Sleepy Jack Russell terriers

Cutting your dog's claws has benefits both for you and for your dog. Long claws can cause pain when walking, become jagged and catch on things, become ingrown and cut the pad of the foot, and even cause the foot to become misshapen or malformed.

From your point of view the longer the claw the deeper the scratches on your furniture, so cutting dogs' claws is really win/win!

When to cut your dog's claws

Cutting dogs' claws regularly is one of your responsibilities as a dog owner, so to make it as painless as possible it's a good idea to get your dog used to having his claws handled from an early age. Make touching and squeezing his paws a part of playtime, and use the opportunity to check for overgrown or split nails as well as anything that could become stuck in the pad and cause trouble later.

Rewarding him for letting you inspect his paws will get your dog used to the process, and make it easier when it is time for cut your dogs claws.

An active dog that spends most of his time on hard surfaces may need little to no help keeping his claws at the correct length, but it's worth checking regularly anyway.

A good rule of thumb to use if you're unsure what constitutes "overgrown" is the sound your dog's claws make on the ground. The correct answer is "none", hearing the clip-clopping of claws on the floor when your dog is walking normally means it's time for a trim.

Dew claws will also need to be trimmed. These are the small claws further up the leg and tend to curl in on themselves since they aren't naturally worn down.

How much is safe to cut?

Inside your dog's nails is something called "the quick", which is where the blood vessels and nerves are located. Your goal is to trim the outer cover of the nail while steering clear of the quick. If the nails are light in color you may be able to see the dark line of the quick inside them, but often it will be pretty much invisible.

If you're unable to see where the quick begins, be very careful and trim off small amounts of nail instead of one large chunk. You should soon start to see a dark circle in the middle of the nail, and this is the start of the quick. If his claws are particularly long you may want to trim to the start of the quick, leave it to recede slightly, then cut some more at a later date.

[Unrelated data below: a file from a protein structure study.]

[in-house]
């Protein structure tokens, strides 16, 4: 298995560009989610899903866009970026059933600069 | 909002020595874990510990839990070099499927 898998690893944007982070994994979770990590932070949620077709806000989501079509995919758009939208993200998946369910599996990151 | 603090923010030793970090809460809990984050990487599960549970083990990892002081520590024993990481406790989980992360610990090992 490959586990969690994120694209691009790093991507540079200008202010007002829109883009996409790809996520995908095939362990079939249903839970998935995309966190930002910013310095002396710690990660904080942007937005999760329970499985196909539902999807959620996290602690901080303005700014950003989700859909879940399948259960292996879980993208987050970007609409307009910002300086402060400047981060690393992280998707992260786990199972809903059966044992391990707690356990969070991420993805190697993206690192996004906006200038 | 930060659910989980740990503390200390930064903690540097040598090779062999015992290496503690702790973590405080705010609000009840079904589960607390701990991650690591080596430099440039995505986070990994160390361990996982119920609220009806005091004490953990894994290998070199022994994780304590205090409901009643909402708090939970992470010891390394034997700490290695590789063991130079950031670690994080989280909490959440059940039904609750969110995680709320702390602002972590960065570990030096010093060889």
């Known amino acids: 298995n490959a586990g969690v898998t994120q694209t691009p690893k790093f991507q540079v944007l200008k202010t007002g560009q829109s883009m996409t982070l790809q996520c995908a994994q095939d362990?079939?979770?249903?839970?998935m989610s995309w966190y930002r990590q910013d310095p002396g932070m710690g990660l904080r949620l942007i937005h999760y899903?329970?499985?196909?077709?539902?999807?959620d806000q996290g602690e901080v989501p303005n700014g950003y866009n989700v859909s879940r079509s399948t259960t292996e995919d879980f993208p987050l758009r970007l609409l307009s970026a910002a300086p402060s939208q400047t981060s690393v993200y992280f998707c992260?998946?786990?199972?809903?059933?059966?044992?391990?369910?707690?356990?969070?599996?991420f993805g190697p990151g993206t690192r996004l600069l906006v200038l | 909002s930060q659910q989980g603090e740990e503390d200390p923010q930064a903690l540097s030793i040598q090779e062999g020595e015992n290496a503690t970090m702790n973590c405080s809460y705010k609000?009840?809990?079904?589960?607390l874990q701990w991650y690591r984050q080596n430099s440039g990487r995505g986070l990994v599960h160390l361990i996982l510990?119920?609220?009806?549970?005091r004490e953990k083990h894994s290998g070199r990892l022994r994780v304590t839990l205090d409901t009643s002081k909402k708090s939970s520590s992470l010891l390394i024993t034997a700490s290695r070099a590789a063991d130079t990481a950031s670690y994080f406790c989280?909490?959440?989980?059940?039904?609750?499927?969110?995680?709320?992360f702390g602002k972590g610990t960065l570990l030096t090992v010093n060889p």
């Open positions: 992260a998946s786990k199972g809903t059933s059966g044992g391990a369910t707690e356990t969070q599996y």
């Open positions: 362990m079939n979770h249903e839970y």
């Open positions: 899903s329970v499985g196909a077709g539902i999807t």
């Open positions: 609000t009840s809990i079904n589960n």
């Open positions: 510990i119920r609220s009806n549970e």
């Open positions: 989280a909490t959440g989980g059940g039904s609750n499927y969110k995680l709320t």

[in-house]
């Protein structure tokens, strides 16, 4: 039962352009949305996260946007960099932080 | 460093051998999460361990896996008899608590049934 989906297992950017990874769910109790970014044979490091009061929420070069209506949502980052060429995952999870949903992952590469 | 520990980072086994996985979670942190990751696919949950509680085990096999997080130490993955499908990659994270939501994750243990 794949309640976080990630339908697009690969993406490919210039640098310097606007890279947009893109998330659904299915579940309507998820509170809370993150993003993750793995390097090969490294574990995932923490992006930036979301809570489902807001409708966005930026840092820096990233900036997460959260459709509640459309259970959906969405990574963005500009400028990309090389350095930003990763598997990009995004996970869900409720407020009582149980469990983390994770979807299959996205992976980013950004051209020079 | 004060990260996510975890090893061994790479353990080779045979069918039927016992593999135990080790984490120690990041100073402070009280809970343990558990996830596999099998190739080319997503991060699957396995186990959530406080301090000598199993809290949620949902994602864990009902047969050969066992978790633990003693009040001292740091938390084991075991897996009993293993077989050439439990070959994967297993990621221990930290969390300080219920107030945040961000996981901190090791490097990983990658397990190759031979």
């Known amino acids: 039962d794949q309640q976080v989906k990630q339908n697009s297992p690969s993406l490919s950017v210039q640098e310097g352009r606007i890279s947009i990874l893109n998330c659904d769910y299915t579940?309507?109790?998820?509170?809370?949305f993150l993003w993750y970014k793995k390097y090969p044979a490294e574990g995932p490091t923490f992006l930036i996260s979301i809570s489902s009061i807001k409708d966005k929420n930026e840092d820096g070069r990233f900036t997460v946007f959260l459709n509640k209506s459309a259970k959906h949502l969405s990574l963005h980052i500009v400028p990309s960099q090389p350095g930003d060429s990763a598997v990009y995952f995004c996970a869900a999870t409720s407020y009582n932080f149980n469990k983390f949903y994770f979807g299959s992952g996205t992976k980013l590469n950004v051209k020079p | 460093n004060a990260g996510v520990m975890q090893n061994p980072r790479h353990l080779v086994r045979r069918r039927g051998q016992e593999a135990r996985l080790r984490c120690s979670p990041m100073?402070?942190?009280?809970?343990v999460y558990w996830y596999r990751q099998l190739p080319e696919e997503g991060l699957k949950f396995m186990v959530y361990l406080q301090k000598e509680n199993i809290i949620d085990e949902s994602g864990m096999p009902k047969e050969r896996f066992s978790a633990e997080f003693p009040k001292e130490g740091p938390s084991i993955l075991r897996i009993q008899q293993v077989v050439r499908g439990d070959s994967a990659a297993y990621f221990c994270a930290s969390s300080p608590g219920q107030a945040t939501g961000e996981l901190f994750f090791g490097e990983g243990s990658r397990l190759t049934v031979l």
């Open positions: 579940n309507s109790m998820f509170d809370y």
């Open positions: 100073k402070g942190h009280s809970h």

What happens if I cut the quick while cutting dogs' claws?

If you accidentally cut into the quick, which will probably happen at some point, don't panic. Your dog will yelp with the pain, which can be upsetting, and the nail could bleed quite a lot. The bleeding should only last for 5 minutes or so as long as you don't let your dog lick his nail, and the dog should forgive you pretty soon after it stops. Give him a big hug to say sorry!

How to make the cut

This depends to an extent on which tool you purchase, since there are many different types of clipper and grinder out there for cutting dog's claws. Be sure you read the instructions thoroughly before attempting anything on your poor dog!

Depending on size and "wriggliness" of your dog you might need a second person to help hold him still. Try to soothe him and calm him down before making any cuts since the last thing you need is for him to move his paw at the last second and cause you to cut off more than intended.

As soon as you get a window of opportunity and your dog is sitting still, make a quick clean cut all in one go. Be sure to have some treats on hand to cheer him up for being so well behaved!

This sounds too difficult

By far the hardest parts of cutting dogs' claws are getting your dog to sit still (unless you're blessed with an angel in dog form) and plucking up the courage to do it for the first time. The actual cutting is the easy part.

If you're uncomfortable taking the plunge, your vet will be able to cut your dog's claws for you. You could also ask them for tips on how best to approach it at home which may help you to feel more confident.

Cutting your dog's claws regularly will help to prevent a lot of different health problems and is something every caring dog owner should be prepared either to do or to pay for. Your dog will be happier and healthier and there is less chance of ripped up bedding and furniture. Depending on how "affectionate" a dog you have, it could result in less painful (love) scratches for you too which is never a bad thing.

Yes, those are my sleepy Jack Russell puppies in the photo up top. Kat (right) and Sparrow (left), my babies!